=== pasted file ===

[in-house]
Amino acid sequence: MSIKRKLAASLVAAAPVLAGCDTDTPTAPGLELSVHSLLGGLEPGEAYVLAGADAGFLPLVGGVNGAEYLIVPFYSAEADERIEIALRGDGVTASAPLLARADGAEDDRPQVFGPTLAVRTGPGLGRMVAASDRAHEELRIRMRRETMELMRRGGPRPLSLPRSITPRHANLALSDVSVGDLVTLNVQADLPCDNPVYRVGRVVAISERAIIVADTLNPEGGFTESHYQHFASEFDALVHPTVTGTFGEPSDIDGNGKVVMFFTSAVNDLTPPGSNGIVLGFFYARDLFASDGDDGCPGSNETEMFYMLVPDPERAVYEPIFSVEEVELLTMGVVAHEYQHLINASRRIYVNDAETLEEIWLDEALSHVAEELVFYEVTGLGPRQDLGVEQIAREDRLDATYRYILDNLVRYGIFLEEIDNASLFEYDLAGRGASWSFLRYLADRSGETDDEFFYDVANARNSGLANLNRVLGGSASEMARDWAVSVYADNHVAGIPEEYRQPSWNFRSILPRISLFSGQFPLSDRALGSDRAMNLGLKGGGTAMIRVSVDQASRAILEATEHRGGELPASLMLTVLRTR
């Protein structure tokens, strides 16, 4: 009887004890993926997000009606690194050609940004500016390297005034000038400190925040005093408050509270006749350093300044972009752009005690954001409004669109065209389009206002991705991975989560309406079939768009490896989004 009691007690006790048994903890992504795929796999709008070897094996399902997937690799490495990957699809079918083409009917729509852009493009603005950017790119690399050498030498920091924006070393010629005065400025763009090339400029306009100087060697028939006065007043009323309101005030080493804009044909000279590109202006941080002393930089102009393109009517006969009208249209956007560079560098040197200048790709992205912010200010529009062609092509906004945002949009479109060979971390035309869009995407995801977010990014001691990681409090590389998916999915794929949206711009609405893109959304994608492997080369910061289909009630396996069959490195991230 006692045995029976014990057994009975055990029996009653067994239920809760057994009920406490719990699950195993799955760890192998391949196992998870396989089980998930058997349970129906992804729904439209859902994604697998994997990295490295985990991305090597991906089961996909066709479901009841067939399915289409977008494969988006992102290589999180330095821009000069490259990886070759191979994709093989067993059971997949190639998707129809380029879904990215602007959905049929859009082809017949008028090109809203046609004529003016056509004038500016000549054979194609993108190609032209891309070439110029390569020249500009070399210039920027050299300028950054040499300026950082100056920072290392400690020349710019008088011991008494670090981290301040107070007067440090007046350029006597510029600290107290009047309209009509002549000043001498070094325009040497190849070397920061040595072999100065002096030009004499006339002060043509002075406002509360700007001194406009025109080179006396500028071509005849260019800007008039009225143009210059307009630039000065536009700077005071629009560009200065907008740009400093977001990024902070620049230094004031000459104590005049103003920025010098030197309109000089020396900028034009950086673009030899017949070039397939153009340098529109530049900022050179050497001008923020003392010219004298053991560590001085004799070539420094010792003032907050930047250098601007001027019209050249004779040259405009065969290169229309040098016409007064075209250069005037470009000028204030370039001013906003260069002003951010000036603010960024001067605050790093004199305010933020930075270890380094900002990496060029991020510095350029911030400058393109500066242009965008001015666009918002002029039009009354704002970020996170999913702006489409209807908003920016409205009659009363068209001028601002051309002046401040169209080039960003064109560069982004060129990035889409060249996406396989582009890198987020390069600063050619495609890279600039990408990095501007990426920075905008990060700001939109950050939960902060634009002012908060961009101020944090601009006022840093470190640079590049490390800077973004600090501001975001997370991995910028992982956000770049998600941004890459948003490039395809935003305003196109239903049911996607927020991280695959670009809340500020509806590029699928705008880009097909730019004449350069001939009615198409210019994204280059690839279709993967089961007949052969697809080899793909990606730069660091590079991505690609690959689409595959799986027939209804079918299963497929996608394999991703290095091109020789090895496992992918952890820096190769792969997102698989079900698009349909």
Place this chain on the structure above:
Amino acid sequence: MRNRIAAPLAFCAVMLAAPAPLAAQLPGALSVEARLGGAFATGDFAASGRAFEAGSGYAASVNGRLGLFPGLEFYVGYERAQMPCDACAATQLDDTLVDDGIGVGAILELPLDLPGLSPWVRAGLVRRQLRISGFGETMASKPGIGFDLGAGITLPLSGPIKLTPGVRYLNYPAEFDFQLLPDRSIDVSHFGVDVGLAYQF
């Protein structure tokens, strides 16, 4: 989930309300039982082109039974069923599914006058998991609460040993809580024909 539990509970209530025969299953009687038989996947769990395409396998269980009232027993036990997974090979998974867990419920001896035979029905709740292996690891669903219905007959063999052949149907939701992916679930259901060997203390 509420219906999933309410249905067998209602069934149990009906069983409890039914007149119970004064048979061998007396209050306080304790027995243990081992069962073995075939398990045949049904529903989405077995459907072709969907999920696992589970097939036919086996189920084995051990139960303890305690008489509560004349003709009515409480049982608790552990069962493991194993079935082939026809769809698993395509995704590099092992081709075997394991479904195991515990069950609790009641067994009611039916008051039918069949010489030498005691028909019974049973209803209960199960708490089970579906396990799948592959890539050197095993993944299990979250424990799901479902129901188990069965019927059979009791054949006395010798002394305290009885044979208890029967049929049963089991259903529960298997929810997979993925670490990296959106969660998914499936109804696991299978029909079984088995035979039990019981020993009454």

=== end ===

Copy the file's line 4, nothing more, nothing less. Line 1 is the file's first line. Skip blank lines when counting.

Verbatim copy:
Place this chain on the structure above: